At the same time it's also important not to lose yourself in it. There's "two sides" to every coin. But each needs reasons. And they kind of "merge" with each other. That's the whole point behind V and Urizen. This might also hint at Dante's coin in 2 (I just know he had one and flipped it). It's a fitting metaphor. If you "feel split" you don't feel like "yourself". You can even feel "lost" in real life. Like you're "different people". You can struggle with that, end up as another half or come to terms with both sides. Eventually though we all have to "face our whole selves". Vergil made himself WEAKER by splitting himself ultimately. Not stronger. And if anyone disagrees takes it up with Dante who kicked Urizen's ass so hard he was a pathetic mess on the floor (Or even real me who once felt split up and once thought he had to be only uncaring).

I wonder what that's like? Was Vergil even aware/awake when he was Urizen and V? Or "Dead until reborn"? He looked very very confused when he became whole again. I actually think Dante trying to attack him at that point was an "evil" move on Dante's part. I mean give him a chance to talk at least. Dante's "evil half" is his hotheaded anger. Nero beats that out of him in the end though. XD

Vergil would never say it but he was weak. He knows he's stronger then that. And that strength comes from others as much as yourself. And Vergil can't even deny that at this point because he needed V when he was Urizen.
 
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DarkSlayerVergil

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Theoretically Urizen isn't Vergil per see, it's only part of him and he did tried to seal demon world in the end. Also it was Arkham who persuaded Vergil to rise Teme-ni-Gru.
But Urizen is the half he chose to stuck with though unlike V plus it doesn't matter if Arkham convinced Vergil to do it or not Vergil still did it. I'm pretty sure Vergil if he succeeded in 3 he would of eventually became Urizen anyway.

So him having highest body count is doubtfull. Also I think most likely highest body count on Mundus, knowing he ruled earth with help of demons.
Even if he doesn't have the highest it'd still be pretty high though.
 

ef9dante_oSsshea

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Compared to Dante, Vergils innocents killed count is astronomical

Considering Dante's number is zero
 

Veloran

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His thirst for power never came from will to protect anyone. Except himself.
I disagree quite a bit. His will to power obviously came about first from his failure to protect his mother, and grew worse over time as a result of how he was hunted and forced to survive. But really it doesn't need to be one or the other, both are compatible components of his motivation.

it's why he doesn't even give a single damn about Nero if not for the fact the he had his sword, and doesn't even acknowledge his existence as his son till he starts to kick his ass
He didn't even know Nero was his son until Dante spells it out for him. As far as acknowledgment, he acknowledges it's the truth immediately after finding out, it's not like he ever denied it. As far as the "my son means nothing to me" line, I don't think he said that while even knowing what Dante was talking about, because a moment later he sounds legitimately surprised when he asks if Nero is his son.

He doesn't look for anyone to care about cause he felt betrayed over the fact the he thought his mom never tried to reach him in the first place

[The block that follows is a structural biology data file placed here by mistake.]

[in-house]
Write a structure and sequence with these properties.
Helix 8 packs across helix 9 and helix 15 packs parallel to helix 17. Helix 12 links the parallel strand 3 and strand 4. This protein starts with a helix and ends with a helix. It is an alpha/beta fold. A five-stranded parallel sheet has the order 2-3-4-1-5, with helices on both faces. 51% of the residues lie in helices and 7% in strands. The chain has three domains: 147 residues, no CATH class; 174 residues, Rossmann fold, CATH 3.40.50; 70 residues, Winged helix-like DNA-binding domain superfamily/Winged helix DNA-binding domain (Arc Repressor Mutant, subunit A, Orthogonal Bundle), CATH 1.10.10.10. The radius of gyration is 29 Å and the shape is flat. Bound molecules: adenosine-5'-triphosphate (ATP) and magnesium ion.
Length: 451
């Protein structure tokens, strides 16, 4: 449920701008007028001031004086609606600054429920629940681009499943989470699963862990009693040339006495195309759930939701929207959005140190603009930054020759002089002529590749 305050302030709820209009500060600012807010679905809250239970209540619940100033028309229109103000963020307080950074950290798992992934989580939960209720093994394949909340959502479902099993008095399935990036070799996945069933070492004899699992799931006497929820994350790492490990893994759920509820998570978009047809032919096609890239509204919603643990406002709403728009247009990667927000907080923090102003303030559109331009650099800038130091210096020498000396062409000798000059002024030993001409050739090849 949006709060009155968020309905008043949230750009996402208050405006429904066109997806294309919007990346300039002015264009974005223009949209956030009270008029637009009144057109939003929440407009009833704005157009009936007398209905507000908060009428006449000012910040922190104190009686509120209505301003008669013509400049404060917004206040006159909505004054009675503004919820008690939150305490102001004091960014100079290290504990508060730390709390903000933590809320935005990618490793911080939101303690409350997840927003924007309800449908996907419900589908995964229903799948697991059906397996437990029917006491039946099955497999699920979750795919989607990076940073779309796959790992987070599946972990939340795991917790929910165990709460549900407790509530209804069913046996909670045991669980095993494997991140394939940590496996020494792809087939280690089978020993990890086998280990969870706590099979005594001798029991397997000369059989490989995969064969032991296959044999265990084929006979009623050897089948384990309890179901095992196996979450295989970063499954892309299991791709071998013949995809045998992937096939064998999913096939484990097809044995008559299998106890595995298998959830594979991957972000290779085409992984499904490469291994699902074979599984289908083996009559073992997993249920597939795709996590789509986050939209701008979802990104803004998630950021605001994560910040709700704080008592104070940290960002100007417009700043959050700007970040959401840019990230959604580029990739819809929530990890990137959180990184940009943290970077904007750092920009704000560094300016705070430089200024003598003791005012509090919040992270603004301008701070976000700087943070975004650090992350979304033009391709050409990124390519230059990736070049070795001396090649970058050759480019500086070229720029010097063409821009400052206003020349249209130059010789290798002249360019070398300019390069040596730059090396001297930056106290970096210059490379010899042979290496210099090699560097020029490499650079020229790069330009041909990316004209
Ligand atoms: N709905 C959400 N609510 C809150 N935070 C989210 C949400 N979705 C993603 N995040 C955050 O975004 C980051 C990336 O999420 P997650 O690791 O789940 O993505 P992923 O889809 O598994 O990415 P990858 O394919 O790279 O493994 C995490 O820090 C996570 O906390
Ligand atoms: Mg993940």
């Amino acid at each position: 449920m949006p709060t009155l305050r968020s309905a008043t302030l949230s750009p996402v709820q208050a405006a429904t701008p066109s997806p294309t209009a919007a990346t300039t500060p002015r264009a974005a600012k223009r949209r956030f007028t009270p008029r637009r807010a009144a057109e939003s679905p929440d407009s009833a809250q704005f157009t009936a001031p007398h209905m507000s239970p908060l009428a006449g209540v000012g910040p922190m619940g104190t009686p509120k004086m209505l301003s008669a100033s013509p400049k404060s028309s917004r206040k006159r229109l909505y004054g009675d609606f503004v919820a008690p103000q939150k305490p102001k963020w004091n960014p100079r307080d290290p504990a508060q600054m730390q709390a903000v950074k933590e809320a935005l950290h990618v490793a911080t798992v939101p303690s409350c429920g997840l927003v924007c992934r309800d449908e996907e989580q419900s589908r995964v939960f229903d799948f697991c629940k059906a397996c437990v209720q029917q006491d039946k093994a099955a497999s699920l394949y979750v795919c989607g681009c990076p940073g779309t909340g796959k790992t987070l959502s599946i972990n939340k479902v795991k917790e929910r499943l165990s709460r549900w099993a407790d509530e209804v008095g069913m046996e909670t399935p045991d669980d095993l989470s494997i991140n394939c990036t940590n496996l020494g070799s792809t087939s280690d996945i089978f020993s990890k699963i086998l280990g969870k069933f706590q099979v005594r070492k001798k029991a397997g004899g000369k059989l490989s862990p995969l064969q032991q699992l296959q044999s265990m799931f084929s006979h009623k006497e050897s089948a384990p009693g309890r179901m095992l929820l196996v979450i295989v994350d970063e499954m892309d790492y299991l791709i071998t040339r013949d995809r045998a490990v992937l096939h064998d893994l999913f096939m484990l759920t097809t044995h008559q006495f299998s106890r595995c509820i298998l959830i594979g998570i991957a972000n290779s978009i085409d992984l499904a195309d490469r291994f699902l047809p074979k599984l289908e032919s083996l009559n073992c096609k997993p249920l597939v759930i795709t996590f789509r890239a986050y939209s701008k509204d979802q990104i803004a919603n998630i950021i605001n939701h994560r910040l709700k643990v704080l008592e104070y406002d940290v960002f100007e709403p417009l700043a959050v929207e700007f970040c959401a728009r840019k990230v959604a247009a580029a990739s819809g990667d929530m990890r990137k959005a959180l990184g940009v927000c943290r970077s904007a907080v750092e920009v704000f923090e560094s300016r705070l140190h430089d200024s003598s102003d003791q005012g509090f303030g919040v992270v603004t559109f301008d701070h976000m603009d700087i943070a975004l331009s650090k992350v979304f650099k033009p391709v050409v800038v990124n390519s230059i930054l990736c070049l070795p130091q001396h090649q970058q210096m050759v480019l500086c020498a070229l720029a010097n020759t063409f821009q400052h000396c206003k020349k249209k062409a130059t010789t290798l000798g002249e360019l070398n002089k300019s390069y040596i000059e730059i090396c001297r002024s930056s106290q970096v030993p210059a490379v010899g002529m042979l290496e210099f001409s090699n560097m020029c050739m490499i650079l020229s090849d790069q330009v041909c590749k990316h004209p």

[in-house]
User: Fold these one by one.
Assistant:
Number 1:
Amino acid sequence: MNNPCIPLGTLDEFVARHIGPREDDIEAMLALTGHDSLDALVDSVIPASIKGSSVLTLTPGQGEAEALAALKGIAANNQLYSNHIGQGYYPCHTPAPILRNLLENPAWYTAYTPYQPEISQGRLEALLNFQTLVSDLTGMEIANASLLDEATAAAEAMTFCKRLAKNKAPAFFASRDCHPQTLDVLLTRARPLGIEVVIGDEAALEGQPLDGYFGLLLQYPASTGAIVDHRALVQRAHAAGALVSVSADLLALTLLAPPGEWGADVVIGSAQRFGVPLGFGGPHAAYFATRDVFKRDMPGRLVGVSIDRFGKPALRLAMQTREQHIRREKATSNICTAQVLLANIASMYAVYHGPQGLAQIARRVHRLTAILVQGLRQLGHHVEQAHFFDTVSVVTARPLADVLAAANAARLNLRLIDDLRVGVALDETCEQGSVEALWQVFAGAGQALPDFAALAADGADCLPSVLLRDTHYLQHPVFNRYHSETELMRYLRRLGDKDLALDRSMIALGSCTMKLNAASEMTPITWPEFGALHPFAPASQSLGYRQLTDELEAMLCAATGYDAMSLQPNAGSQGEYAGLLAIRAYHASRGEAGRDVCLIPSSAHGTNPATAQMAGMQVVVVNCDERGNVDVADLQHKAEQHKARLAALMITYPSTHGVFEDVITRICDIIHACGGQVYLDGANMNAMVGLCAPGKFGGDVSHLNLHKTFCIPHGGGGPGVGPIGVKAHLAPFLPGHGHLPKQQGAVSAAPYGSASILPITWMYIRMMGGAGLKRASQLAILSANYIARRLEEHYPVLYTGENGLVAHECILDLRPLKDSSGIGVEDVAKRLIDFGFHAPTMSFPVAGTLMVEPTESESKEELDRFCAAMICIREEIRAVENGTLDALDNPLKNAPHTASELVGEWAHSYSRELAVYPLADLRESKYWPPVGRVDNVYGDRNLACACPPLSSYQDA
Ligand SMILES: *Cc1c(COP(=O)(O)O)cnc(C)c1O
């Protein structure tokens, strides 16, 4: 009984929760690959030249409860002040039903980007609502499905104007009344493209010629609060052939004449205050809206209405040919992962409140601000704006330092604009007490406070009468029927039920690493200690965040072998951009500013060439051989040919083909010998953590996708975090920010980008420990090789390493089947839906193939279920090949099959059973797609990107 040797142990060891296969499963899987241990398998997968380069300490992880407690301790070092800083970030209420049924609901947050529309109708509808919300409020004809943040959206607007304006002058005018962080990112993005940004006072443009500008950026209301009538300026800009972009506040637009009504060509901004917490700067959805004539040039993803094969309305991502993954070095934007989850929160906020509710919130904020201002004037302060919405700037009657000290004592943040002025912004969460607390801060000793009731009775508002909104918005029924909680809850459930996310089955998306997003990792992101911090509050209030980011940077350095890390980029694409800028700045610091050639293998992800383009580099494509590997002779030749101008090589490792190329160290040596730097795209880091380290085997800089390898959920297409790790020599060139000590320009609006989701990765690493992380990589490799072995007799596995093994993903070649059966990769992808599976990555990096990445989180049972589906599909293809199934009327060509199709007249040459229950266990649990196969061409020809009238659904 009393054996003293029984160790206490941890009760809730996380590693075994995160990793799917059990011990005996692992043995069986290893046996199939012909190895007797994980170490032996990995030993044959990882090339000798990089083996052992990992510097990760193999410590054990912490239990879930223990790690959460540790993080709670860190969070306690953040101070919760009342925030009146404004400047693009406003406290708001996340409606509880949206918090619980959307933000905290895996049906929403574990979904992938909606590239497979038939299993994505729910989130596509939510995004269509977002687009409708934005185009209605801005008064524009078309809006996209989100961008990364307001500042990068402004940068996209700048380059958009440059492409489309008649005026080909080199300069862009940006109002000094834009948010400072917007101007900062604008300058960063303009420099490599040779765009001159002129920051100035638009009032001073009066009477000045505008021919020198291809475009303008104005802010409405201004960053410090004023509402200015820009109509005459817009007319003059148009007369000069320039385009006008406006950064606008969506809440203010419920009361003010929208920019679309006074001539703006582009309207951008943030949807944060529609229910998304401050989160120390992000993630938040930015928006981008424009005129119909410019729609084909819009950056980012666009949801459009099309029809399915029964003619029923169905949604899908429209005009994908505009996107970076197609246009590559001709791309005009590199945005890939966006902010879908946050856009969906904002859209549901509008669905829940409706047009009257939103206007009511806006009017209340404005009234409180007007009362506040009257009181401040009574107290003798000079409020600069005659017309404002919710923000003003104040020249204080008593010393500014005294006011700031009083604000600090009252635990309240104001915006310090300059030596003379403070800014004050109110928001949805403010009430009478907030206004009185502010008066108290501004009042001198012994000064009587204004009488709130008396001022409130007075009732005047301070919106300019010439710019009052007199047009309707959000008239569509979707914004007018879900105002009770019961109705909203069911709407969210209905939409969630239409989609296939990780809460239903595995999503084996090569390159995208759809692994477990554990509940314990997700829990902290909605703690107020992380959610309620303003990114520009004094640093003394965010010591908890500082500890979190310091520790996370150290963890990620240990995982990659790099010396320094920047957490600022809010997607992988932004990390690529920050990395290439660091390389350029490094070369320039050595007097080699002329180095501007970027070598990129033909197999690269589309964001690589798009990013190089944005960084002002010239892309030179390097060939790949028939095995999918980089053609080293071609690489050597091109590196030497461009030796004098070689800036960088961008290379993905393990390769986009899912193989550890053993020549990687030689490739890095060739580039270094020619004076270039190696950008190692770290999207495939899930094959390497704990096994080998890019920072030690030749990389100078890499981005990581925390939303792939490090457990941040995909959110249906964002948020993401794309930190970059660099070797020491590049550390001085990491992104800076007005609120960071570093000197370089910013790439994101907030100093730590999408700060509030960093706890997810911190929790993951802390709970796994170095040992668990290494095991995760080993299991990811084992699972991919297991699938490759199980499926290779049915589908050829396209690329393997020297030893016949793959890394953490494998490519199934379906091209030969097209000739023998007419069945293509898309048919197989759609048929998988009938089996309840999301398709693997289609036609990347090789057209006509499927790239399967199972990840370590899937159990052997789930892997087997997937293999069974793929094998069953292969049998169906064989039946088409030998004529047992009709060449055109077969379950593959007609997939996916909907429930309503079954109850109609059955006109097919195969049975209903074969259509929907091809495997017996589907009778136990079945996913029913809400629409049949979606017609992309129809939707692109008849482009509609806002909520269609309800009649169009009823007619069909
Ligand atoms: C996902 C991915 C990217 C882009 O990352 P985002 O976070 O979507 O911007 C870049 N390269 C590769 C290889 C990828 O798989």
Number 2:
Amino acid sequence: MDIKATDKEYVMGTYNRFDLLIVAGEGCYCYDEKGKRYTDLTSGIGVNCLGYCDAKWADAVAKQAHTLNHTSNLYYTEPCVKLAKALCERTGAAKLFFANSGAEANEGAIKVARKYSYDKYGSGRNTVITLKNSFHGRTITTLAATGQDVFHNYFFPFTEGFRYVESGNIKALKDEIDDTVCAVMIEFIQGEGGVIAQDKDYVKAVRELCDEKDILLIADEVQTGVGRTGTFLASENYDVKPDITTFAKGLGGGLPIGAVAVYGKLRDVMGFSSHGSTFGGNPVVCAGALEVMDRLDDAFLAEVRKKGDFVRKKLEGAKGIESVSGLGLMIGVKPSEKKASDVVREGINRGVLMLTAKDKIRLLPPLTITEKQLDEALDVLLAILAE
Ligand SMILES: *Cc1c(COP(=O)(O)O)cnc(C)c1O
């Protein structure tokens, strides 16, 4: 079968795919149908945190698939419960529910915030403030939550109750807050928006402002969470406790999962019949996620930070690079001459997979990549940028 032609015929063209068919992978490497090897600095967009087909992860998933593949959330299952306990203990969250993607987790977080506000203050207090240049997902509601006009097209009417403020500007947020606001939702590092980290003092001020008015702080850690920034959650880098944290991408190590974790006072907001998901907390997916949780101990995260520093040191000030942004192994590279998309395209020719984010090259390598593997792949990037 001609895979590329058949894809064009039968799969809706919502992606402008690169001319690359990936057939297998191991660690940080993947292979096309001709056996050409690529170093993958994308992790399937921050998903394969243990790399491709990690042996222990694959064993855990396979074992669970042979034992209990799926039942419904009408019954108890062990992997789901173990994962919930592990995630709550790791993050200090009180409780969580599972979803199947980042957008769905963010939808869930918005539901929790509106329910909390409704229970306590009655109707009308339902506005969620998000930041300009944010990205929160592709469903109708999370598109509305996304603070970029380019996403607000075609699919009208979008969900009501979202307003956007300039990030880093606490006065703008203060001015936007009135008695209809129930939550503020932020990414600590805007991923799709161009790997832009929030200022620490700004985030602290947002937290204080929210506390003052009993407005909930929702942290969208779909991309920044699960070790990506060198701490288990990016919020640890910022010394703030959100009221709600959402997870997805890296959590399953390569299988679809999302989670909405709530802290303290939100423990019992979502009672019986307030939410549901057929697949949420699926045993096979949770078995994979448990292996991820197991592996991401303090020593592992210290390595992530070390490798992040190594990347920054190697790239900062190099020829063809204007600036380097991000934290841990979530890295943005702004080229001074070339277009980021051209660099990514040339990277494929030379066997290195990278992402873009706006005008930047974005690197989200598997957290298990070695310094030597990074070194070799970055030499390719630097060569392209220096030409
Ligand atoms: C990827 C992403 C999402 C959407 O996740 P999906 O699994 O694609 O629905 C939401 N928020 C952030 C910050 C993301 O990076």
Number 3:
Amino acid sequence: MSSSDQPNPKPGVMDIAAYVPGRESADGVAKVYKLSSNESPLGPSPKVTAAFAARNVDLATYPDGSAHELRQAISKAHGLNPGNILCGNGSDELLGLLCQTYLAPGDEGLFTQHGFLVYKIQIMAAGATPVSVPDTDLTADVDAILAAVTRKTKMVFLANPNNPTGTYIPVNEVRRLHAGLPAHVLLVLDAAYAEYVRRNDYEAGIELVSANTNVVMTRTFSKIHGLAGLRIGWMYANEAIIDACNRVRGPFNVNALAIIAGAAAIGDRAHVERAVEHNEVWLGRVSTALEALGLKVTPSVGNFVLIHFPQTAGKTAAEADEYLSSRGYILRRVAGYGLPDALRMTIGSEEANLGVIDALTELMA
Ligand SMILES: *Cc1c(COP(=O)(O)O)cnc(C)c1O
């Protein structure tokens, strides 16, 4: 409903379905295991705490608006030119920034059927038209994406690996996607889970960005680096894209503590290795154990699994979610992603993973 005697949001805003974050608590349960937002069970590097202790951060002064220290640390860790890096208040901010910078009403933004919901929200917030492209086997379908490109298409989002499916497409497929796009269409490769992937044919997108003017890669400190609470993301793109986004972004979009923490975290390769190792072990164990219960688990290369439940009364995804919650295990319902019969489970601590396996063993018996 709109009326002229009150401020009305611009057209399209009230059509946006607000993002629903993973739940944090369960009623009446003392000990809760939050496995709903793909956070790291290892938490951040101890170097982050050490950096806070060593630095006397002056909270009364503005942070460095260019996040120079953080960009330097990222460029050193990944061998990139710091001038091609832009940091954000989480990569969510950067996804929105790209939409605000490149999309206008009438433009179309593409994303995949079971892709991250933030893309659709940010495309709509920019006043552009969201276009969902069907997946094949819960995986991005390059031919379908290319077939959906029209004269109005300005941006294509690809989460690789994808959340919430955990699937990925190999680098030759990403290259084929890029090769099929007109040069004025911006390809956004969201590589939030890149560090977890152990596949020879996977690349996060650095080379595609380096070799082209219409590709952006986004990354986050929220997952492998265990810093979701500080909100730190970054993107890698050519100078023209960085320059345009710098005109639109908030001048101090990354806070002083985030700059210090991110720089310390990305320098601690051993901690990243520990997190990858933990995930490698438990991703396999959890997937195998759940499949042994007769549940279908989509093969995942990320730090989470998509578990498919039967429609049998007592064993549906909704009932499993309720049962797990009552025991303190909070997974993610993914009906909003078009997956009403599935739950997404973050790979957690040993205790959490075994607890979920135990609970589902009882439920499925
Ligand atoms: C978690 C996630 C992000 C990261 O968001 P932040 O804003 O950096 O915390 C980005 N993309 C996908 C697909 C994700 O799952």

This isn't actually an idea Vergil ever expresses, it's something Dante puts forward as what he thinks Vergil thinks. And frankly, if you listen to the delivery, it sounds a lot like Dante taunting Urizen with the idea before pulling back and admitting it wasn't true.

Anyway, something I noticed was that in 5, Vergil's motivations are basically the same as Dante's at the start of 3. That is to say, he really just wanted to beat Dante the same way Dante just wanted to beat him. This is backed pretty heavily by Nero, who considers their fighting pointless. Thematically this is reinforced by how Nero manages to beat both of them despite even weakened versions of them likely being much stronger, because he has a solid motivation, while they're effectively bickering and at that point practically share the same ideals anyway.
 

Taramafor

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This isn't actually an idea Vergil ever expresses, it's something Dante puts forward as what he thinks Vergil thinks. And frankly, if you listen to the delivery, it sounds a lot like Dante taunting Urizen with the idea before pulling back and admitting it wasn't true.
Plus there's the fact Virgil never even MET Nero until Nero himself showed up when Virgil said that line. So there's that. You can't care about someone you don't even know. Virgil simply made an accurate statement. And probably wanted nothing to do with his son when he said it. Considering what Virgil is like it could even be argued that Virgil knows he'd make a bad farther and wanted the distance.

Anyway, something I noticed was that in 5, Vergil's motivations are basically the same as Dante's at the start of 3. That is to say, he really just wanted to beat Dante the same way Dante just wanted to beat him. This is backed pretty heavily by Nero, who considers their fighting pointless. Thematically this is reinforced by how Nero manages to beat both of them despite even weakened versions of them likely being much stronger, because he has a solid motivation, while they're effectively bickering and at that point practically share the same ideals anyway.
In other words Nero had a "stronger motivation". Virgil wanted to beat Dante but his ultimate quest was for power. Once that quest was lost he kind of didn't have a plan. Both Dante and Virgil got caught with their pants down. morale is an important factor in fights. And Nero's determination surpassed Dante's and Virgil's. Virgil gave it a good go though. But he seemed somewhat conflicted. Nero was certain the moment he climbed those steps.